With four locations in Southern and Northern California, Texas and New Jersey, 7th Generation Recycling is an organization dedicated to protecting the environment and supporting local communities. Through their partnerships with non-profits, schools and community groups, they strive to accomplish the goal of recycling clothing, shoes and household textiles. Additionally, they strive to assist in funding local programs and ensuring their recycling clothing benefits people in their area communities, as well as those in third world countries.

Founded in 2006 by local Bay Area entrepreneurs, and a chairwoman of a San Francisco Bay Area Native American Tribe, the philosophy behind 7th Generation is based on the values of the indigenous peoples – a belief that Earth’s current inhabitants are responsible for caring for the planet, and in doing so, thinking about the impact of their actions on future generations.

7th Generation works towards this goal by recovering textiles and clothing, thus providing both environmental and economic benefits. In addition to providing assistance to those in need, recycling unwanted clothing, linens and other textiles reduces the amount of landfill waste. Going beyond just recycling, 7th Generation also works with local organizations to provide recycling education to surrounding communities.


When 7th Generation Recycling was first founded, their goal was to recycle purely textiles, clothing that couldn’t be used and other fiber plants that could be converted to fiber. However, about 12 years ago, the organization evolved into a larger company that collected from metal boxes placed throughout communities, while also working with housing and other organizations on collections.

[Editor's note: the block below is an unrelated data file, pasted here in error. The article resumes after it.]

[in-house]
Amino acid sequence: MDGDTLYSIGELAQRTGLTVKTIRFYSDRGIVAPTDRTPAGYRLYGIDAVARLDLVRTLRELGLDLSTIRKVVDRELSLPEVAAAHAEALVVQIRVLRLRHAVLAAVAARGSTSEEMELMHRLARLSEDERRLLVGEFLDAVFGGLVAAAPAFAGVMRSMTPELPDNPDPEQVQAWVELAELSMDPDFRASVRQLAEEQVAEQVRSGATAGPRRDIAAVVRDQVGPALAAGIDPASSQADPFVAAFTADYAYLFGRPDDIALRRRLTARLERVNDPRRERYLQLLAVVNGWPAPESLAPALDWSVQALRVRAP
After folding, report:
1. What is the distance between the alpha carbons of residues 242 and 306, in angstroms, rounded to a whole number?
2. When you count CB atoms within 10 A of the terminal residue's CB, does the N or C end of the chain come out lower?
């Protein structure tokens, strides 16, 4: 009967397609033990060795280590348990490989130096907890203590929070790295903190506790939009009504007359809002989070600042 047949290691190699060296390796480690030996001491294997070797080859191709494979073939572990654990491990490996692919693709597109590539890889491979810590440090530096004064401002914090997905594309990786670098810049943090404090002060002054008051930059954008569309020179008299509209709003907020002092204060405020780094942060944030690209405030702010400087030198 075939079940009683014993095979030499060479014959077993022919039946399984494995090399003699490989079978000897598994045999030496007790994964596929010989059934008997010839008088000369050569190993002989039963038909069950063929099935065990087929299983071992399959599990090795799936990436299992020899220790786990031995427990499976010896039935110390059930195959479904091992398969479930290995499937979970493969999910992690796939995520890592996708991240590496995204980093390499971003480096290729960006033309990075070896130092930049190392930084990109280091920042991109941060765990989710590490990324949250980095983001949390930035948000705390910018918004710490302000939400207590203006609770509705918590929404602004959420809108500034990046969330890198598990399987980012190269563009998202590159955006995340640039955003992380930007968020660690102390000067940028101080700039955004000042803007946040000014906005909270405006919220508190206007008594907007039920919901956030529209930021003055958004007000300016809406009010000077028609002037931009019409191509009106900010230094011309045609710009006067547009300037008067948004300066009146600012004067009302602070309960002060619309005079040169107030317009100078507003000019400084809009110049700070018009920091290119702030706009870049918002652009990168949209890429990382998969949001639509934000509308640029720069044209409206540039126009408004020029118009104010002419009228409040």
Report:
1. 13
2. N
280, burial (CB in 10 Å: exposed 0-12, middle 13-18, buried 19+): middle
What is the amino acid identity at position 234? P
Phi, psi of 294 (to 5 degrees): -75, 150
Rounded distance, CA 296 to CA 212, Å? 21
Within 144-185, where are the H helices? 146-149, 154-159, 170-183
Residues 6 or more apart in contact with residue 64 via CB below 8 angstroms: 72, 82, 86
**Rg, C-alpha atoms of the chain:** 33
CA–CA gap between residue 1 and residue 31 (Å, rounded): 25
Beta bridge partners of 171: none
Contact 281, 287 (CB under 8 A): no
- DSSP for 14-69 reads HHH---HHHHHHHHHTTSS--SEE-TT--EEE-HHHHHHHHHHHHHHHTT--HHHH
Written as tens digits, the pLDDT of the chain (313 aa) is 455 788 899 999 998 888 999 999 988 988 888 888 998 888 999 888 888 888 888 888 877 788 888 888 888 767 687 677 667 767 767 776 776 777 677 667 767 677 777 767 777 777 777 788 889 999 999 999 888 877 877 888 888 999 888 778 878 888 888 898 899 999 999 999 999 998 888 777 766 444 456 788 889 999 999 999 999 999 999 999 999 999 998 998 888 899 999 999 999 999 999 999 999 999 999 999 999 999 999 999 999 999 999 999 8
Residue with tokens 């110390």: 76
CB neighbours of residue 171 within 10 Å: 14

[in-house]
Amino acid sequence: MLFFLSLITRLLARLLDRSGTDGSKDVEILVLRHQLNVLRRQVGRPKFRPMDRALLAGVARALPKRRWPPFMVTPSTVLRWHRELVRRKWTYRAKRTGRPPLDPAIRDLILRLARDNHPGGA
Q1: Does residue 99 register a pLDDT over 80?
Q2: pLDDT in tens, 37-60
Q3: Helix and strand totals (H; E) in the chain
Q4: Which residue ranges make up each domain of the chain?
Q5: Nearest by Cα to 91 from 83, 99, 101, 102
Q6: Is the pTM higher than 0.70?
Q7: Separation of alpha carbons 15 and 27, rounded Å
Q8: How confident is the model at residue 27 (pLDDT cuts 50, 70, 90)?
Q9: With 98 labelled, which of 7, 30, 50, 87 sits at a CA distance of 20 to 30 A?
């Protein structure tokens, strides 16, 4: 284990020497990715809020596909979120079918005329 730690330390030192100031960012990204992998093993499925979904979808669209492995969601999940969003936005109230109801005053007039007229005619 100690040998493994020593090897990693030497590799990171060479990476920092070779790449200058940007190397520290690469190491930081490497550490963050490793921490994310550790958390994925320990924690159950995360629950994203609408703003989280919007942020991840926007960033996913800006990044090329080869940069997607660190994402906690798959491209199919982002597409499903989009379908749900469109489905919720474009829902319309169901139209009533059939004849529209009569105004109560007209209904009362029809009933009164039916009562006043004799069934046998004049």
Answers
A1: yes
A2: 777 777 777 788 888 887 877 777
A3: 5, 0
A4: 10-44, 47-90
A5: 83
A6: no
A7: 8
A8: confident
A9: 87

The larger the company grew, the more issues they found with collections at remote locations – mainly with vandalism and theft of donations – the mess that would be created around donation boxes was an issue for both the city and property owners. Additionally, they had permitting issues within certain municipalities. Taking this into account, 7th Generation knew they had to develop a larger, remote donation station that could be monitored. One solution was to partner with a local non-profit that would collect donations and use the funds to educate children on the benefits of recycling and sustainability. Upon entering this partnership, the organization tasked 7th Generation with building larger recycling centers that could be reused and easily monitored.

Because the donation stations would not be located within a typical building, the main concern for 7th Generation was having a donation unit run on as little power as possible, as well as the least amount of bandwidth and no large NVR units. Outside of sustainability concerns, they wanted a security system that could act as a deterrent to tagging and other acts of vandalism, while enabling managers to respond immediately to attempted acts of theft or donations left outside the unit.

The Solution

Before they could properly monitor their 96 donation stations, 7th Generation needed to build a unit large enough to place solar panels on top to power a security system and at the same time to hold a large amount of donated clothing. To achieve this, they repurposed 20-foot shipping containers. Each unit is artistically designed and modified with a chute system where items are deposited, while housing solar panels on top.